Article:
INDIANAPOLIS (AP) — A top state attorney defended Indiana’s punitive damages
law Thursday against claims that it renders trials meaningless by forcing
judges to reduce awards in lawsuits without telling jurors.
Solicitor General Thomas Fisher asked the Indiana Supreme Court to overturn
a Marion County judge’s decision that found the law treads on judicial
independence and violates the right to trial by jury guaranteed in the state
The judge refused to reduce a $150,000 punitive damages award to a man who
claimed his uncle, a Roman Catholic priest, sexually abused him when he was
17. The judge had told jurors they could consider the priest’s
“reprehensible conduct” when they decided on damages.
Under Indiana law, juries in civil cases can award punitive damages of up to
three times the amount of compensatory damages they decide on, but there is
a $50,000 cap. The state gets a three-quarter share, which goes to a fund
that helps victims of violent crime.
In this case, jurors gave the man $50,000 in compensatory damages and
awarded triple punitive damages for a total of $200,000.
The priest appealed the punitive damages award, citing the $50,000 limit,
but the judge rejected his appeal, saying the cap violated the state
constitution. The state then intervened, seeking its 75 percent share. The
judge denied the state’s request, and the state appealed.
Patrick Noaker, who represents the man called John Doe in court documents,
told the justices that secretly reducing the amount jurors decide to award
plaintiffs after hearing the evidence infringes on the principle of trial by
“It’s a charade. It’s a complete charade,” Noaker said. He added, “We have
to let the jury make a decision and whether we agree with it or not, we have
to live with that decision.”
Fisher disagreed, saying jurors don’t necessarily need to know about the
"The idea that the Legislature doesn’t want to confuse jury deliberations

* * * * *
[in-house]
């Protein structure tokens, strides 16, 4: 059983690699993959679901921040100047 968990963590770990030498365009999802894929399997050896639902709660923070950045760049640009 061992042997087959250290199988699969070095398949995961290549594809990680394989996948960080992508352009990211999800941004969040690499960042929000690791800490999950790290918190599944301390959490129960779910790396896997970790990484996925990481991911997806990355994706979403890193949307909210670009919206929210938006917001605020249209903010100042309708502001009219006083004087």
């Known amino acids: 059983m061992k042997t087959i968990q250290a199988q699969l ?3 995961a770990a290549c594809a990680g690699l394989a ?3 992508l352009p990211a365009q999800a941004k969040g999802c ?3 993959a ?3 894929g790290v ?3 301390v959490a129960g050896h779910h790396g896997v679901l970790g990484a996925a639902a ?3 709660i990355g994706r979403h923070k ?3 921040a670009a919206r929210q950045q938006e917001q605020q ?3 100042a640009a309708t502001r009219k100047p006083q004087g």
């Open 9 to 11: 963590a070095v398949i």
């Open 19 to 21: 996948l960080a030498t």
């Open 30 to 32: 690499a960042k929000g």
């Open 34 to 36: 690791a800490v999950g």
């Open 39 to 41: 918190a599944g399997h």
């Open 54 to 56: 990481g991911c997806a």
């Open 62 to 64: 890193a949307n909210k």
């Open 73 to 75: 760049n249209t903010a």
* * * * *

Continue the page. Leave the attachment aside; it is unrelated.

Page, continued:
with the knowledge that there is some sort of cap is based on the idea that
they don’t want the jury to be somehow misguided by that extraneous fact,”
he said. “So what they’re doing is setting up a process — a step by step
process — designed to keep the jury insulated from extraneous information
and at the same afford the appropriate timing for the cap to be in place.”
Justice Robert Rucker questioned that reasoning.
“The problem with this statute, isn’t it that it puts a cap and then it says
once the jury deliberates, once the jury returns its verdicts after hearing
all the evidence and awards punitive damages, you, mister trial court and
judge, you are now instructed to reduce those damages,” Rucker said. “It
seems to me that that’s part of the problem at least in terms of the
separation of powers.”
Noaker said it would have been within the Legislature’s power to completely
bar punitive damages, or to have judges instruct jurors to limit their
awards, but not to compel judges to reduce those amounts after the jury
makes a decision.
Fisher, however, maintained that the issue was one of public policy, not
“This court has recognized time and again that when it comes to public
policy decisions, the judiciary must yield to the legislative judgment,” he
The dispute stems from a civil trial held in 2008. Doe and other witnesses
testified that his uncle, who was a priest, had sexually abused Doe on two
occasions when he was a teenager. Child protection workers substantiated the
report, but took no action, and the county prosecutor declined to file
charges, according to court documents. Doe later filed a lawsuit against the